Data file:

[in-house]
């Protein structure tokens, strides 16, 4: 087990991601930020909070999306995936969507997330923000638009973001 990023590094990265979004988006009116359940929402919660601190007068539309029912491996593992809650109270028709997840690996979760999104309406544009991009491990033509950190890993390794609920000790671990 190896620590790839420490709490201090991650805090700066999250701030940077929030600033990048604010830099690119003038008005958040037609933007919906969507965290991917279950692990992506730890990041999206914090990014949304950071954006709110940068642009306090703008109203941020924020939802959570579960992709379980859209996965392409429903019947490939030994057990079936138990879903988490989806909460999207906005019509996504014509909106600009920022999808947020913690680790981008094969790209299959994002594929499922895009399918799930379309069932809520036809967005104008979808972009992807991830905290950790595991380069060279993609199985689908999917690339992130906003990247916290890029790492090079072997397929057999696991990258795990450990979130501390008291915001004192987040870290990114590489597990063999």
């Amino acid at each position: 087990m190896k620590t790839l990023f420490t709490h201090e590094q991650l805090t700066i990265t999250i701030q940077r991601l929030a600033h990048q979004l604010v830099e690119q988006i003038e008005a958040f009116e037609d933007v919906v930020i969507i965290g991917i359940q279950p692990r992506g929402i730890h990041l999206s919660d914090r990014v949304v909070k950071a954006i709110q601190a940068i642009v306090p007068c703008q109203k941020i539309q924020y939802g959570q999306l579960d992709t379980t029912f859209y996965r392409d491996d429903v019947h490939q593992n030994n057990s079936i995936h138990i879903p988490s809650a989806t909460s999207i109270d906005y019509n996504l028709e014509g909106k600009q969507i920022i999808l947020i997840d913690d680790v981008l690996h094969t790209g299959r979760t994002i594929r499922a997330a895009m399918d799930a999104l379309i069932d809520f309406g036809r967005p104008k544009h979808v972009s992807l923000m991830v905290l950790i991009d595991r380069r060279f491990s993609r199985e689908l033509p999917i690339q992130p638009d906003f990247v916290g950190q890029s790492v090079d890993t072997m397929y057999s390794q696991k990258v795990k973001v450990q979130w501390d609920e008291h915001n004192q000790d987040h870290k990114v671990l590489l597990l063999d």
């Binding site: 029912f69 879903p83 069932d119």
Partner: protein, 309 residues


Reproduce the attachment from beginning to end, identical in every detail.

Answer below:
[in-house]
């Protein structure tokens, strides 16, 4: 087990991601930020909070999306995936969507997330923000638009973001 990023590094990265979004988006009116359940929402919660601190007068539309029912491996593992809650109270028709997840690996979760999104309406544009991009491990033509950190890993390794609920000790671990 190896620590790839420490709490201090991650805090700066999250701030940077929030600033990048604010830099690119003038008005958040037609933007919906969507965290991917279950692990992506730890990041999206914090990014949304950071954006709110940068642009306090703008109203941020924020939802959570579960992709379980859209996965392409429903019947490939030994057990079936138990879903988490989806909460999207906005019509996504014509909106600009920022999808947020913690680790981008094969790209299959994002594929499922895009399918799930379309069932809520036809967005104008979808972009992807991830905290950790595991380069060279993609199985689908999917690339992130906003990247916290890029790492090079072997397929057999696991990258795990450990979130501390008291915001004192987040870290990114590489597990063999």
């Amino acid at each position: 087990m190896k620590t790839l990023f420490t709490h201090e590094q991650l805090t700066i990265t999250i701030q940077r991601l929030a600033h990048q979004l604010v830099e690119q988006i003038e008005a958040f009116e037609d933007v919906v930020i969507i965290g991917i359940q279950p692990r992506g929402i730890h990041l999206s919660d914090r990014v949304v909070k950071a954006i709110q601190a940068i642009v306090p007068c703008q109203k941020i539309q924020y939802g959570q999306l579960d992709t379980t029912f859209y996965r392409d491996d429903v019947h490939q593992n030994n057990s079936i995936h138990i879903p988490s809650a989806t909460s999207i109270d906005y019509n996504l028709e014509g909106k600009q969507i920022i999808l947020i997840d913690d680790v981008l690996h094969t790209g299959r979760t994002i594929r499922a997330a895009m399918d799930a999104l379309i069932d809520f309406g036809r967005p104008k544009h979808v972009s992807l923000m991830v905290l950790i991009d595991r380069r060279f491990s993609r199985e689908l033509p999917i690339q992130p638009d906003f990247v916290g950190q890029s790492v090079d890993t072997m397929y057999s390794q696991k990258v795990k973001v450990q979130w501390d609920e008291h915001n004192q000790d987040h870290k990114v671990l590489l597990l063999d």
């Binding site: 029912f69 879903p83 069932d119």
Partner: protein, 309 residues